Semiahmoo Totems guard Tara Wallack has committed to play for Washington State University starting in the fall of 2021. (Vancouver Sports Pictures)

Semiahmoo Totems guard Tara Wallack has committed to play for Washington State University starting in the fall of 2021. (Vancouver Sports Pictures)

Semiahmoo hoops star commits to Washington State

Tara Wallack is third member of Totems senior girls basketball team to agree to NCAA deal

A third member of Semiahmoo Secondary’s powerhouse senior girls basketball team is headed to the NCAA.

Last week, Tara Wallack, who is just wrapping up her Grade 11 year at the South Surrey school, announced that she’ll play for the Washington State Cougars beginning in the fall of 2021.

Wallack, a six-foot-one guard, can’t officially sign on the dotted line until the NCAA’s official signing period later this year, but her verbal commitment was announced on social media by her club team, BC United on Saturday – and a congratulatory message soon followed from her coach at Semiahmoo Secondary, Allison McNeill.

Wallack is the third current member of the Totems senior girls squad to commit to an NCAA Div. 1 program this spring. In late March, guard Deja Lee committed to the University of California Irvine, and in April, Izzy Forsyth verbally committed to the University of California San Diego.

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• READ ALSO: Totems win back-to-back provincial championships

“Tara took a little bit longer than the other two girls to decide. I think she was really processing it all, and I think she did a great job. I think all three did great jobs of trying to find schools that were the right fit for them,” McNeill told Peace Arch News Monday.

Wallack – who was the most valuable player at last February’s BC Senior Girls 4A Basketball Championships – said part of the reason for holding off on a decision was to see if COVID-19 travel restrictions would ease up and allow her to travel to the U.S. Wallack, Lee and Forsyth all made separate recruiting trips down the west coast in January, just weeks before such trips were made impossible due to the pandemic, and while that trip was integral to Lee and Forsyth’s decisions, Wallack has not yet made an in-person visit to Washington State University’s Pullman, Wash. campus.

“I had offers from two schools – one I’d visited and then (Washington State), which I hadn’t,” she said. “I tried to wait, but then it became clear that (travel) wasn’t going to open up anytime soon, and I didn’t want to wait all summer.”

Instead, Wallack took a virtual tour of the school, did her own research online and had meetings with coaches, players and other team staff via video-conference.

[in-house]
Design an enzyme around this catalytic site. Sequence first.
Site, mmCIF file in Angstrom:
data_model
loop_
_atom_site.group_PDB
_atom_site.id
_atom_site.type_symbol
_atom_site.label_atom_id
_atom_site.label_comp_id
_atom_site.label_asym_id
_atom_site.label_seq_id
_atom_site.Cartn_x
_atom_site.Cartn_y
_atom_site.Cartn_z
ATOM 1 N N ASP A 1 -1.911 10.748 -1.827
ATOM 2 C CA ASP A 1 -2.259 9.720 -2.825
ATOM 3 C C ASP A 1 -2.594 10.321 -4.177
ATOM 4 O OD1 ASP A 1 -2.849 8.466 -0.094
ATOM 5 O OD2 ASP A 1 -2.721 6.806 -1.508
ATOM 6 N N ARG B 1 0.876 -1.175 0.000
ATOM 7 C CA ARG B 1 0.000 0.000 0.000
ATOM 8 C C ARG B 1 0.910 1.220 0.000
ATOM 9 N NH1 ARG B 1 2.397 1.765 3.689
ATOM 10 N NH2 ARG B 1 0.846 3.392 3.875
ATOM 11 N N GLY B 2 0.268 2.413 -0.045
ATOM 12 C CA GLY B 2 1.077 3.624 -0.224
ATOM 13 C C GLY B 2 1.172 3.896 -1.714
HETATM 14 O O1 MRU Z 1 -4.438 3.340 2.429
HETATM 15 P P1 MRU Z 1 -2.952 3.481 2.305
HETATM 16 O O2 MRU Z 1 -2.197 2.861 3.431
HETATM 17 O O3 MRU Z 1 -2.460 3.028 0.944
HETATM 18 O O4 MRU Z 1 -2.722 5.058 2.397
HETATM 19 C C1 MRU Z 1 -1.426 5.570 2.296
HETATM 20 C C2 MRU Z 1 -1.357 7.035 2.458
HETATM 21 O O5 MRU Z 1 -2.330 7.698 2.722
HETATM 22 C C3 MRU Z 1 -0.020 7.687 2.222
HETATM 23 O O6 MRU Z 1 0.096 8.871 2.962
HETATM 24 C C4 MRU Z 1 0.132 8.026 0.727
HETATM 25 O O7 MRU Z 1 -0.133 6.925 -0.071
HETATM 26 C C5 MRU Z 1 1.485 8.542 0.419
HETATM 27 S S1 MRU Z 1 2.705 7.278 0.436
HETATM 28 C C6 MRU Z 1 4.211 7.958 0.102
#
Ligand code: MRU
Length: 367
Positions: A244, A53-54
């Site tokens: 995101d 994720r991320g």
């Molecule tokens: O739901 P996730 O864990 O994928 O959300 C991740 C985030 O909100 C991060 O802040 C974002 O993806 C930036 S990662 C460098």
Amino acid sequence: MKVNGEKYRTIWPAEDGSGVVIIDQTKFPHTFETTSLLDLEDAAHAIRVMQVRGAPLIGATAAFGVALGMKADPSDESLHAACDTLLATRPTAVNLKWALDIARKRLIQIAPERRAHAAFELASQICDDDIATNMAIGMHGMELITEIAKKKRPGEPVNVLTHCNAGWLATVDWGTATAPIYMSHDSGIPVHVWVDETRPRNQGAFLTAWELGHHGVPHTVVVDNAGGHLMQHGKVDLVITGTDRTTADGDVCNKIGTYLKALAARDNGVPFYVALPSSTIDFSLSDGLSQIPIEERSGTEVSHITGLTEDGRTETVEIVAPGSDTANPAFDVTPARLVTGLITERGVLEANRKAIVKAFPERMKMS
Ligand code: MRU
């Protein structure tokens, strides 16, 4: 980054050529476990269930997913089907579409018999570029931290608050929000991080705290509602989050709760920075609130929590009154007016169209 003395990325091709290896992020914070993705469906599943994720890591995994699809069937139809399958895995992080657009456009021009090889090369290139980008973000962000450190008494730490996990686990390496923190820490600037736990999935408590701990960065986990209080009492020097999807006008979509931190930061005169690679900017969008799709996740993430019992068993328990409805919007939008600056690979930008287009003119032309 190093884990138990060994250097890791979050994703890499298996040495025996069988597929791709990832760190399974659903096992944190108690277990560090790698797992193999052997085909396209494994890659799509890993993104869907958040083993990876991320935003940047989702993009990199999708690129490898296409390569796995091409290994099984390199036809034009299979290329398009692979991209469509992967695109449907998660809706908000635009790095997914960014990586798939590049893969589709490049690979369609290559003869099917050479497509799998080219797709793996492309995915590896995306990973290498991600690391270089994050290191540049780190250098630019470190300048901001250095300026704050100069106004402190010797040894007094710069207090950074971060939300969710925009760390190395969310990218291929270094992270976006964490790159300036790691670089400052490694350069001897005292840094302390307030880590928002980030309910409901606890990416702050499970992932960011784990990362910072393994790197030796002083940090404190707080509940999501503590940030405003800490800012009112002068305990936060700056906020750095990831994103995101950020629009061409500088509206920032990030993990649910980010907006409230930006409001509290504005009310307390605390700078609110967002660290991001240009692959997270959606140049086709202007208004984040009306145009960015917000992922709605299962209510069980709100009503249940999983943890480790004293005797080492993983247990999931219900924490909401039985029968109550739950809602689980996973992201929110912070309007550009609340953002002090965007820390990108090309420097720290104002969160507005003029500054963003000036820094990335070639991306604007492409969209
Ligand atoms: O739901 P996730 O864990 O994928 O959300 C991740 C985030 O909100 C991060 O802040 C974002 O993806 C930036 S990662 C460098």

“A lot of Zoom calls,” she said.

Wallack said the lure of playing in the prestigious Pac-12 Conference is what ultimately led her to choose WSU.

“The Pac-12 has always been my dream – I want to play against the best,” she said.

Semiahmoo has won the last two provincial championships, in 2019 at the triple-A level – which was the highest in the province at the time – and last year at the 4A level, once the tiers were revamped.

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McNeill, a longtime coach at Simon Fraser University as well as with Canada’s national women’s team, could not remember a B.C. high-school team in recent years with three NCAA Div. 1-committed players on it. That number jumps to four if you include Faith Dut, who helped lead the Totems to their 2019 title before graduating and moving on to the University of Florida.

“It’s quite shocking, when you think about it,” said McNeill, looking back on her team’s 2019 starting lineup that included four future NCAA players.

“I don’t think there are any other schools (with that many). I know Brookswood had two, back when Izzy’s sister, Louise, and Aislinn Koenig, both went to division-one schools, but I’m not sure (about) three.”

All three NCAA-bound Totems have benefited from playing with each other for years, McNeill added.

“They all push each other,” she said.

By the end of their senior seasons next spring, McNeill said the team could have even more university-bound players, if some decide to play in Canada.

“I’m hoping we get a couple more who decide they want to keep playing, too, but we’ll see. That’s up to them,” she said.

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